Mobile computing vs. cloud computing

Mobile computing vs. cloud computing

Summary: There has been for some while “heated debates” amongst fellow blogospherians (probably not a word, don’t comment and bitch about it please) about all these cloud services we’re hearing about. First we had Windows Live SkyDrive which now offers 5GB of storage space, and rumours of GDrive keep hitting the news.


googlecloud1.pngwindowscloud.pngThere has been for some while “heated debates” amongst fellow blogospherians (probably not a word, don’t comment and bitch about it please) about all these cloud services we’re hearing about. First we had Windows Live SkyDrive which now offers 5GB of storage space, and rumours of GDrive keep hitting the news. Now there’s Live Mesh which overly complicates the matter because storage seems to be flying everywhere at the moment.

Students often have storage space everywhere. From flash memory disks, to their email inboxes, university network space, external hard drives, even printed out paper (but that’s far too 17th century for my liking). How on earth can you differentiate between one device and another? Surely it just makes things difficult when trying to find something?

Let me quickly whiz over the basics of what each are and do:

Cloud computing, one of the new buzz words of 2008, allows you to store your files and folders in a “cloud” area on the Internet, allowing you access to all of your files and folders wherever you are in the world – but you do need a physical device with Internet access to access it.

Mobile computing is taking a physical device with you. This could be a laptop or a mobile phone or some device which enables you to telework – working wherever you go because of the small size of the device you’re using.

Either way, there will be some drawbacks. I’m not going to focus on the positives too much, simply because being able to do work shouldn’t have to be a positive thing, rather something we should just be able to do without any concern.

Focusing for the time being on mobile computing – let’s face it, even for non-students it generally means lugging a laptop around with you. You have to open it up, turn it on, plug it in to the mains, get the wireless settings sorted – by the time you’ve done all that faffing around you have to get something else done. For the lucky ones, you can use a Blackberry or a handheld device to work with. Even then the buttons are tiny, and months of living off nothing but sausages, crisps (chips), chocolate and beer, you’ve gained so much wait you mash the keypad with your finger because they’ve become huge and fat.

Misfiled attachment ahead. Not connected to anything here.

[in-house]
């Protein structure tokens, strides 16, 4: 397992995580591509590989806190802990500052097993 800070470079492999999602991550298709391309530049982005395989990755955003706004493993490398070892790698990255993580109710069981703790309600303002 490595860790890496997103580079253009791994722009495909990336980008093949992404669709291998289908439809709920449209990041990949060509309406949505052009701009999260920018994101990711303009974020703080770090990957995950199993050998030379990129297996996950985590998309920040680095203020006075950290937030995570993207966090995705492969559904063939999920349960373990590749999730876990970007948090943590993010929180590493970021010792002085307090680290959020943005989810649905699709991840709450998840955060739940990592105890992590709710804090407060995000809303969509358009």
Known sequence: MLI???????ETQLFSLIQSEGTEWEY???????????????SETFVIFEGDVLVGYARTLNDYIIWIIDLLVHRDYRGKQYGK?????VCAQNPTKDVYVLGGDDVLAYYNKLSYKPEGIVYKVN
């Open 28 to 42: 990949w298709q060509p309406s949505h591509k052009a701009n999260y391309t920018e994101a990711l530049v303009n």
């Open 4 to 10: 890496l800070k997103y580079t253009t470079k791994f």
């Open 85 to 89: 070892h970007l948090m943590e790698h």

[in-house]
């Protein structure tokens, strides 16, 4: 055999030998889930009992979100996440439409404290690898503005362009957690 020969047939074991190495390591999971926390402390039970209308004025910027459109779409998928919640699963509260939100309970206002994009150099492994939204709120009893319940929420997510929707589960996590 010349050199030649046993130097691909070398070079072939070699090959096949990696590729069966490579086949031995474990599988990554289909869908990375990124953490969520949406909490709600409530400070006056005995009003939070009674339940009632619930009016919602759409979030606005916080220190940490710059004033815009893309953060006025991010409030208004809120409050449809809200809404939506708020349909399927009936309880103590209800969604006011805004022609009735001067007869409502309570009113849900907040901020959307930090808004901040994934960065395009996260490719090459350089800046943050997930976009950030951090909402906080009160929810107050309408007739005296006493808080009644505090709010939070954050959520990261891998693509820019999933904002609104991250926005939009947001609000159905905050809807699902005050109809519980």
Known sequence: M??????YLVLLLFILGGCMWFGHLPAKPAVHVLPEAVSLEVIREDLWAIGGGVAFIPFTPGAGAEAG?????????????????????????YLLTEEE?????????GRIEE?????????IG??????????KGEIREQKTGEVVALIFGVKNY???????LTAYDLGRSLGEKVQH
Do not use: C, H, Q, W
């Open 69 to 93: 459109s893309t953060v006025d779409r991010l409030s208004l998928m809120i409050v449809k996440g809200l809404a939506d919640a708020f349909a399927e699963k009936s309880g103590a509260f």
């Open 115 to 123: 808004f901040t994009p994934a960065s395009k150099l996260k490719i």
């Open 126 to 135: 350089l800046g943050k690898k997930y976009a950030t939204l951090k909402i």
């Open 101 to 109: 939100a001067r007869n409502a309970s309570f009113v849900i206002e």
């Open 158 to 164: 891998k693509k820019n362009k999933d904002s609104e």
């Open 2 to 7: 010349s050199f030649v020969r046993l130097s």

Cloud computing isn’t that much better. Sure, you can have all your files synchronised between devices so wherever you go, you’ll always have access to your files, but the technology doesn’t fully exist yet. It’s getting there, but it’s slow and temperamental, difficult to use and often the average user (even me, an advanced user) gets confused as to where the files are actually stored and/or where else they are stored. Even though you don’t need to carry round a laptop with you, you still need some physical device to access your service which almost defeats the point anyway. Having everything in your very own secure cloud so you can access anything anywhere is put back by the fact you have to find a computer to use anyway.

In my opinion, get a search application installed and just use a flash drive. You can hold up to 2GB-4GB on even the cheaper ones, you do need a computer to use it but at least you can fit everything you need to physically store your files in your pocket.

Topics: Wi-Fi, Cloud, Hardware, Mobility, Networking

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  • Still confused as to Clouding Computing

    From you explanation it would appear i could store files on my home computer, access them from a laptop and this would be "cloud computing"

    My understanding was: you could store your files anywhere on a companies (and affiliates) web applications and that company would provide you a means to access your files from a central "company" defined application. Sort of a big web based disk.

    My question would be: aside from having to remember where i stored the files does cloud computing really differ from just storing files on someones web server.